Change 527544 had a related patch set uploaded (by Arturo Borrero Gonzalez; owner: Arturo Borrero Gonzalez):
[operations/puppet@production] toolforge: k8s: haproxy: add proxy redirection for nginx-ingress

https://gerrit.wikimedia.org/r/527544

Bstorm added a comment.EditedAug 2 2019, 2:46 PM

Hopefully the Ingress object for a given tool can live in that tool's namespace. The current logic of webservice when starting a job on the k8s backend is to create a Deployment and a Service in the tool's namespace. Adding an Ingress to this set of created/destroyed objects will be trivially easy.

I don't think we'd want that. We'd limit ourselves to a very small set of possible tools (because each one would need a different nodeport -- or host port!) vs. the way we are doing it here. The idea here is that ingress objects handle routing for the tools cluster and are quite deliberately not in the control of users directly since they are shared objects. Because it recognizes the name coming in and routes it to the right service name (thanks to CoreDNS) there wouldn't be any real issue with ports. Every tool service object can use the same port at the service level, and the ingress object(s) get nodeport(s) to the outside. An upstream proxy just needs those node ports and a few k8s worker nodes to watch, everything else happens on the backend. If webservice can add the services and remove them from the ingress object, that would make it all work. Basically: if they have a Service, they don't need an Ingress. We might find ourselves needing to use a node-affinity for ingresses, though, to keep them on their own nodes so that user pods don't kill them. We can't do this like gridengine because nodeport places the port on every node, like the cluster is some single host. Using the host network will basically introduce all the limitations of gridengine to k8s instead of phasing them out over time.

Bstorm added a comment.Aug 2 2019, 2:51 PM

Hrm, and as I type that it might be simpler on the security model if ingresses cannot be affected by user actions at all unless they are from their own namespace. The math might not be good through. I need to think about that.

Bstorm added a comment.Aug 2 2019, 3:10 PM

Also, there might be some mechanism I'm missing here in general when it comes to routing this. NodePort will generally use one of 2767 ports or each service using it.

To put my mind at ease that we aren't going to end up limited to under 3000 tools, and because I want to understand a bit better, which one of these are you currently testing @aborrero? https://github.com/nginxinc/kubernetes-ingress/blob/master/docs/nginx-ingress-controllers.md
It seems the answers to many of these questions change depending on which nginx controller we are using.

To put my mind at ease that we aren't going to end up limited to under 3000 tools, and because I want to understand a bit better, which one of these are you currently testing @aborrero? https://github.com/nginxinc/kubernetes-ingress/blob/master/docs/nginx-ingress-controllers.md
It seems the answers to many of these questions change depending on which nginx controller we are using.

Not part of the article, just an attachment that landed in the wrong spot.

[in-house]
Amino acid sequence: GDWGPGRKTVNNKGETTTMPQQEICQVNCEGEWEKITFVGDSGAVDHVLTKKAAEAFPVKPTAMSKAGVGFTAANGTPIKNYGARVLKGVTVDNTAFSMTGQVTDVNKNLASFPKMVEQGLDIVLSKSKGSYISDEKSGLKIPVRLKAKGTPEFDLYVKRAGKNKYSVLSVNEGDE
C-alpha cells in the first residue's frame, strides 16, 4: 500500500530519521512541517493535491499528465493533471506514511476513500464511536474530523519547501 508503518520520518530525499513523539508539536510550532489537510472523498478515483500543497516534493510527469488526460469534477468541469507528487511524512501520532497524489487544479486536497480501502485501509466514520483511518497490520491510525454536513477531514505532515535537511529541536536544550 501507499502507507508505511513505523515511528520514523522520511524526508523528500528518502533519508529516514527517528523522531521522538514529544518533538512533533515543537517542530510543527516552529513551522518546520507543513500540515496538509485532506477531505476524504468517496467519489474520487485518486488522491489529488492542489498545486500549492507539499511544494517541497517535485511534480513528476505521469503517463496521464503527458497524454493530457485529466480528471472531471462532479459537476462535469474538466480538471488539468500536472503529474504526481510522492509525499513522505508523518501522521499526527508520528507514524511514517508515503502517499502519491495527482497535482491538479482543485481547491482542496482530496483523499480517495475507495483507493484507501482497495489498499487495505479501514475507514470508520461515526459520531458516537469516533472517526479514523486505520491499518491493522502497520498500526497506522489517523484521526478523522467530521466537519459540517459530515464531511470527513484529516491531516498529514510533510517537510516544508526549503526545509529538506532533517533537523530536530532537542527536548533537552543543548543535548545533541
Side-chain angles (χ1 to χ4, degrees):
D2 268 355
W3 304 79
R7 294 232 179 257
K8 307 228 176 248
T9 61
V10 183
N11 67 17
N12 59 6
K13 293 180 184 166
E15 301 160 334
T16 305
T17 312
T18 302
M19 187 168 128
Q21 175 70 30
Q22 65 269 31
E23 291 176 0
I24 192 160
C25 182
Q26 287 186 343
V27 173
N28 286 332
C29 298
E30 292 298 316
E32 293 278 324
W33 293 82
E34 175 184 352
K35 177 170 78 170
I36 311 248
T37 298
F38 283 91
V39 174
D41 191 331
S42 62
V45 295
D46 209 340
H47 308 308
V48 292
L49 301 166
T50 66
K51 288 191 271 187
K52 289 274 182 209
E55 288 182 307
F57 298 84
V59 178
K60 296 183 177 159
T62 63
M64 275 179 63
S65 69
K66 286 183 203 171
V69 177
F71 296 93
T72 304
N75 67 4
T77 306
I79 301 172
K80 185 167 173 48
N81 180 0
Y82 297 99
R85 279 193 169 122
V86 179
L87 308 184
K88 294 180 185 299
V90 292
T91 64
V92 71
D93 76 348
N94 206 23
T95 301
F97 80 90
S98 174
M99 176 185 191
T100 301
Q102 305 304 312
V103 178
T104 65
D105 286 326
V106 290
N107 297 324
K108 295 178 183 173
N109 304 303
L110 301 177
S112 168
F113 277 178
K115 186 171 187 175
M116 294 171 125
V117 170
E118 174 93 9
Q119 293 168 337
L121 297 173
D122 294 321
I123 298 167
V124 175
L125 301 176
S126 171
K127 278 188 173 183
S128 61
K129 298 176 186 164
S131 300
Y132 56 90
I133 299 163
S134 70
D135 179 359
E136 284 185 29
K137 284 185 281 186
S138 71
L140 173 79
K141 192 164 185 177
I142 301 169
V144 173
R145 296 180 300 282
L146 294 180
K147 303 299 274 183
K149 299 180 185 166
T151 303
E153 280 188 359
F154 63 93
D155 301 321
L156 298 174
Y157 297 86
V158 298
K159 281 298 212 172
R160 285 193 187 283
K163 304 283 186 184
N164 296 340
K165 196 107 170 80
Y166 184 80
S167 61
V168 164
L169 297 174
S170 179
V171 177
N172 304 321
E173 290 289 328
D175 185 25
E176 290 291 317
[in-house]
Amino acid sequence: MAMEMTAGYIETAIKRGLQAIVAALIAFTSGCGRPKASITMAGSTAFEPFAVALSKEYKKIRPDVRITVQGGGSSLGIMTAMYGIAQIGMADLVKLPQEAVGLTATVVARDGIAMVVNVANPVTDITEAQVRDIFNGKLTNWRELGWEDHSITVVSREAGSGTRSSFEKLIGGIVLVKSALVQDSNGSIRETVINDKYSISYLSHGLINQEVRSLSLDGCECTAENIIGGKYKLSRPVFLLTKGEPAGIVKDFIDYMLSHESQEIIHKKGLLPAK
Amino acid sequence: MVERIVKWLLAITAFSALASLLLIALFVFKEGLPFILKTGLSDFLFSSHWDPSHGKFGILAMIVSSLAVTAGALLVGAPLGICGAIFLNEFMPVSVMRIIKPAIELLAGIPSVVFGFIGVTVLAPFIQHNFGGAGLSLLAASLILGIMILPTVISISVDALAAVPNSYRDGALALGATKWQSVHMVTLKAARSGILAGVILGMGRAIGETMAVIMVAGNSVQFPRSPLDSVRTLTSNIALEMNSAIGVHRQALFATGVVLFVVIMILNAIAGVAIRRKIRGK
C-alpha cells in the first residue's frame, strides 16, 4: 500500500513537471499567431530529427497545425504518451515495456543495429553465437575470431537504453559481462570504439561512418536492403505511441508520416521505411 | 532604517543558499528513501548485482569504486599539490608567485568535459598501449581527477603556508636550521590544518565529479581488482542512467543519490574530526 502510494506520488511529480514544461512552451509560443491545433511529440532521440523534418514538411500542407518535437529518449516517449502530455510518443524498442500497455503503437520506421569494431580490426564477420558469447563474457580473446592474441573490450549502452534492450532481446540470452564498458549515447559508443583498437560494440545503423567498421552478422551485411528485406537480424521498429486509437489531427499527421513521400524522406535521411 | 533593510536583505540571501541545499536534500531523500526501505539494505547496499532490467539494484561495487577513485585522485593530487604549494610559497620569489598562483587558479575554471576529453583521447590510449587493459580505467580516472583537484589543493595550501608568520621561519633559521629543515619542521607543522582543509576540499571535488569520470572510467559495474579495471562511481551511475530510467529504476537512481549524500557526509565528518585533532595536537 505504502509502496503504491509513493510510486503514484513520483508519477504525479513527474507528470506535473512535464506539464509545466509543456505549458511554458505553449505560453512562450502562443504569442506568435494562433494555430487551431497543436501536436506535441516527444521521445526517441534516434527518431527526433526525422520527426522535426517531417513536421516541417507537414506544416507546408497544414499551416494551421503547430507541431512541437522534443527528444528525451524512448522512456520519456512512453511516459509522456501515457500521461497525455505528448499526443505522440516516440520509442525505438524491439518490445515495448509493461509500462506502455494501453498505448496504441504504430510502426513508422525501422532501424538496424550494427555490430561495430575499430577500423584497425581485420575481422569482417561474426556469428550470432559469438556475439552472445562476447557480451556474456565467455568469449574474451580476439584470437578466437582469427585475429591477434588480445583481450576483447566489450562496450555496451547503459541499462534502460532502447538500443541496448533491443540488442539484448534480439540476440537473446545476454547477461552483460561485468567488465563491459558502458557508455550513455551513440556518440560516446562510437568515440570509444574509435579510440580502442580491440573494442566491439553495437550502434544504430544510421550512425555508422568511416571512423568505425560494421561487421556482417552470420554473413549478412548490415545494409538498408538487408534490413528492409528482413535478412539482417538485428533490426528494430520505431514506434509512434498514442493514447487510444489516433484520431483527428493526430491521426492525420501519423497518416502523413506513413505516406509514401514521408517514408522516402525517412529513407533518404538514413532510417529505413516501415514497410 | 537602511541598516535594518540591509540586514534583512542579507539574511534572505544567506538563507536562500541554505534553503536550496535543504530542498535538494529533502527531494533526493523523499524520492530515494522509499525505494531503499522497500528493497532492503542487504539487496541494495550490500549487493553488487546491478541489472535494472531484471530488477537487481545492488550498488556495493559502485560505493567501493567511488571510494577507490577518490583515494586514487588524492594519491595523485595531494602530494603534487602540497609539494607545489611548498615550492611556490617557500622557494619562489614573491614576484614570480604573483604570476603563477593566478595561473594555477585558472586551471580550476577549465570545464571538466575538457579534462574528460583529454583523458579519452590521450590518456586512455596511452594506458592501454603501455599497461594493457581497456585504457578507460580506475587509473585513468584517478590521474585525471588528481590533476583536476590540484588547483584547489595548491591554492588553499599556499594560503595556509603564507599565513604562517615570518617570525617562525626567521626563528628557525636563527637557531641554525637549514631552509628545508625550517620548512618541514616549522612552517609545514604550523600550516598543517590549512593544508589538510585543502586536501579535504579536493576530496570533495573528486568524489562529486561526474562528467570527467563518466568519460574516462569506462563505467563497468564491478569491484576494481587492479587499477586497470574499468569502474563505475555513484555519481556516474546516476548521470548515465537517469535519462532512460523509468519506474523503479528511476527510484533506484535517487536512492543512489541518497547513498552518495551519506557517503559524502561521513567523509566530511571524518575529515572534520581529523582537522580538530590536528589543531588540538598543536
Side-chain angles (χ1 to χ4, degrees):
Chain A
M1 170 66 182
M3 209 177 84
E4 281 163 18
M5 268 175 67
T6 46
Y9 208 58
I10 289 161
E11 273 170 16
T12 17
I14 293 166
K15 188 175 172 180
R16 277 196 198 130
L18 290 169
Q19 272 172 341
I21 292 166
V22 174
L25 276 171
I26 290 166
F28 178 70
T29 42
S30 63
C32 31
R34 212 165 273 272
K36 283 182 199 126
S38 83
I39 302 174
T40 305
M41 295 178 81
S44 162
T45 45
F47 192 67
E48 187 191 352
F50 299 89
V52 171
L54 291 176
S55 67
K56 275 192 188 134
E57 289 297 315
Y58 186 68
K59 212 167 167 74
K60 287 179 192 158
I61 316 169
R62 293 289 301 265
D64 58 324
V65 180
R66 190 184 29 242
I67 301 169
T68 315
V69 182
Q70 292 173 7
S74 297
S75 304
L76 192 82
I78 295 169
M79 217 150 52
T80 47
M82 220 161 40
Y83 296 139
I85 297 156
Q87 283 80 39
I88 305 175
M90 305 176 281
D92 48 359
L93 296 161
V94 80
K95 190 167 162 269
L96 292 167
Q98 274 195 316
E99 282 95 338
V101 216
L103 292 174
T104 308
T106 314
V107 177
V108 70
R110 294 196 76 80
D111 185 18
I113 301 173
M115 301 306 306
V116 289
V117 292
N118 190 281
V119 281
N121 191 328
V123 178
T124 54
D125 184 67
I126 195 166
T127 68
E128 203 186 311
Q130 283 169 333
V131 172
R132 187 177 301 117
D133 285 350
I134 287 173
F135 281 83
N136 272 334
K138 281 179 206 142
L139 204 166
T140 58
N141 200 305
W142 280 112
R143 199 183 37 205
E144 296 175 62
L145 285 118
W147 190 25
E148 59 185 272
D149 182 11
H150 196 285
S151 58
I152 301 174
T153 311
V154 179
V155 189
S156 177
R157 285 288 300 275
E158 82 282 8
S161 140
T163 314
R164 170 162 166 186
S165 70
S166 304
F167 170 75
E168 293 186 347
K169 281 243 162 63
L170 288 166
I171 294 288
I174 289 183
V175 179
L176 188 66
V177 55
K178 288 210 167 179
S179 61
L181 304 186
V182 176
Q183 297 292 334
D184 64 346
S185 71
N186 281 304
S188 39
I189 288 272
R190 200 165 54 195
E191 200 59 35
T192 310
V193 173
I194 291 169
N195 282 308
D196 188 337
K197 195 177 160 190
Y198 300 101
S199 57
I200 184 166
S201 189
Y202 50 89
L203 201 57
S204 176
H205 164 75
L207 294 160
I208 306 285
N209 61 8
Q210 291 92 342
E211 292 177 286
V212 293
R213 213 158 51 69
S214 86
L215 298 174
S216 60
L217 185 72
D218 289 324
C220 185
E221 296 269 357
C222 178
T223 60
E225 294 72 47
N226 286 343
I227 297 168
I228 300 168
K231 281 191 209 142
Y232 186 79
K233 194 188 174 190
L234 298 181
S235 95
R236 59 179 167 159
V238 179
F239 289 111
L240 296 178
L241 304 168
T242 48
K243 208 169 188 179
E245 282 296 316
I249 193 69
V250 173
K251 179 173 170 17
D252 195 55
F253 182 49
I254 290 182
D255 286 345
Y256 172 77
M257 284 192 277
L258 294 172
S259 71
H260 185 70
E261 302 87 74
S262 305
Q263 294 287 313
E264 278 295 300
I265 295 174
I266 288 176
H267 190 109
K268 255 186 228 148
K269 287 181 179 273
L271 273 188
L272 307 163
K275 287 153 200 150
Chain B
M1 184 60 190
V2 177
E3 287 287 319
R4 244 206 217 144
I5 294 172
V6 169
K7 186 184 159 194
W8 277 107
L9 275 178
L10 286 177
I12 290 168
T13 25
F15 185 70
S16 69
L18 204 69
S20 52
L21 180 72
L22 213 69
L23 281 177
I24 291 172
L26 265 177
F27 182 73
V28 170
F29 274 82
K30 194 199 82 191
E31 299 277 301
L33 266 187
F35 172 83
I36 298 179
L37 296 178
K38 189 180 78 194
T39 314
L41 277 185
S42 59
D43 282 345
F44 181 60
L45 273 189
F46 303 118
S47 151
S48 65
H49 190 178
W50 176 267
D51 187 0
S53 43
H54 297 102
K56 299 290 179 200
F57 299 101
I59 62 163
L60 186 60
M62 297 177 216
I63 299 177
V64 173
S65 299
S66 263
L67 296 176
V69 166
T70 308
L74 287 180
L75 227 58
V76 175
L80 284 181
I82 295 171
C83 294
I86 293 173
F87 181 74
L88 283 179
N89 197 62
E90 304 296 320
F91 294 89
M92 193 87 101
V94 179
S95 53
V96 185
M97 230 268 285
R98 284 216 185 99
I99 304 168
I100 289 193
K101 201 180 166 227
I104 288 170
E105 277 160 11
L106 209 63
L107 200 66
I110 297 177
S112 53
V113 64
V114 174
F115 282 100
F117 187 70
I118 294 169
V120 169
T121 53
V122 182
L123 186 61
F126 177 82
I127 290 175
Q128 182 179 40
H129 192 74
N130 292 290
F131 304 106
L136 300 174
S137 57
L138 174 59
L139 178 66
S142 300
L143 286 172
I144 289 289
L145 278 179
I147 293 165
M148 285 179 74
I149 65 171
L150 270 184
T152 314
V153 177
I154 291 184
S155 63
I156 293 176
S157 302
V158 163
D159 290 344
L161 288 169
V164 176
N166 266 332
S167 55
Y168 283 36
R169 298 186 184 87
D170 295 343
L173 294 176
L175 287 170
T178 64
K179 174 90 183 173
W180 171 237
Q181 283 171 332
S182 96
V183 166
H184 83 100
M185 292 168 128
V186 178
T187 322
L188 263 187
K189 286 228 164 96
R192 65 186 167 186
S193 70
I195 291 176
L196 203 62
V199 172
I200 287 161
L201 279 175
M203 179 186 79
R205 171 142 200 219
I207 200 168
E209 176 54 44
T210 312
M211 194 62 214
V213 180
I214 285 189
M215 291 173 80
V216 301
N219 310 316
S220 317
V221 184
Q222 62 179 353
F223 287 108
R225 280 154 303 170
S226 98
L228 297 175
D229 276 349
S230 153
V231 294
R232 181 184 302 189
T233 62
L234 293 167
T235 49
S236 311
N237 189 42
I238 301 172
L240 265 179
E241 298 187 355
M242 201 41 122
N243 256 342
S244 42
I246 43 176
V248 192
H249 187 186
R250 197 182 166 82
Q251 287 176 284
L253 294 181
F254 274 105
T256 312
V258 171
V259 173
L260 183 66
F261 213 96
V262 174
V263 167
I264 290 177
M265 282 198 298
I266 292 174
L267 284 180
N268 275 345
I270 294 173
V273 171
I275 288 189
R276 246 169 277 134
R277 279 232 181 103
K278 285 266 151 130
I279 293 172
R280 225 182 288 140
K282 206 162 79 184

We are using nginxinc/kubernetes-ingress because is the default one if you follow nginx-ingress docs.

Fair enough. I'm concerned we may need to change to the community-supported one at some point (which doesn't need to be now since there are bound to be similarities). Once this is working, we can try stuff and will know more. If the community supported one supports dynamic changes of endpoints (as is suggested by that chart), it may be a better fit for many reasons.

I did a little research to make sure I'm not being unhelpful on this ticket by commenting (and yes, some of my comments were probably useless).

In the course of that, I do think that we strongly should be using the community supported one (https://kubernetes.github.io/ingress-nginx/) because the nginxinc ingress is severely weakened in that it requires resetting the controller every time an ingress resource is changed. They enable dynamic reconfiguration only for the enterprise product (see my github link above). The Kubernetes community supported version implements dynamic updating of backends via lua -- https://kubernetes.github.io/ingress-nginx/how-it-works/#nginx-configuration
That part is absolutely essential for us to succeed, I think, and we should shift gears before going too much deeper with the NGINX Inc. supported version. Also, I think that we can totally create the ingresses with webservice just like @bd808 was saying with the community supported version. I'll make sure that Toolforge users in the RBAC can control ingress resources.

Obviously, please let me know if I'm totally wrong and spewing raving nonsense 🙂

Chicocvenancio added a subscriber: Chicocvenancio.EditedAug 15 2019, 5:46 PM

I really want to get to <tool>.toolforge.org (T125589: Allow each tool to have its own subdomain for browser sandbox/cookie isolation), but we will still need to support tools.wmflabs.org/<tool> somehow. This might be something that we continue to do in a layer in front of the Kubernetes ingress though.

This is doable with a slightly different config

apiVersion: networking.k8s.io/v1beta1
kind: Ingress
metadata:
  name: toolforge-ingress
spec:
  tls:
  - hosts:
    - "*.toolforge.org"
    secretName: toolforge-wildcard-secret
  rules:
  - host: tools.toolforge.org
    http:
      paths:
      - path: /tool1
        backend:
          serviceName: tool1
          servicePort: 80
      - path: /tool2
        backend:
          serviceName: tool2
          servicePort: 80

( Some other proxy still needs to be in front figuring out if the request should be sent to k8s or grid proxy though.)

Great to see this moving forward, btw!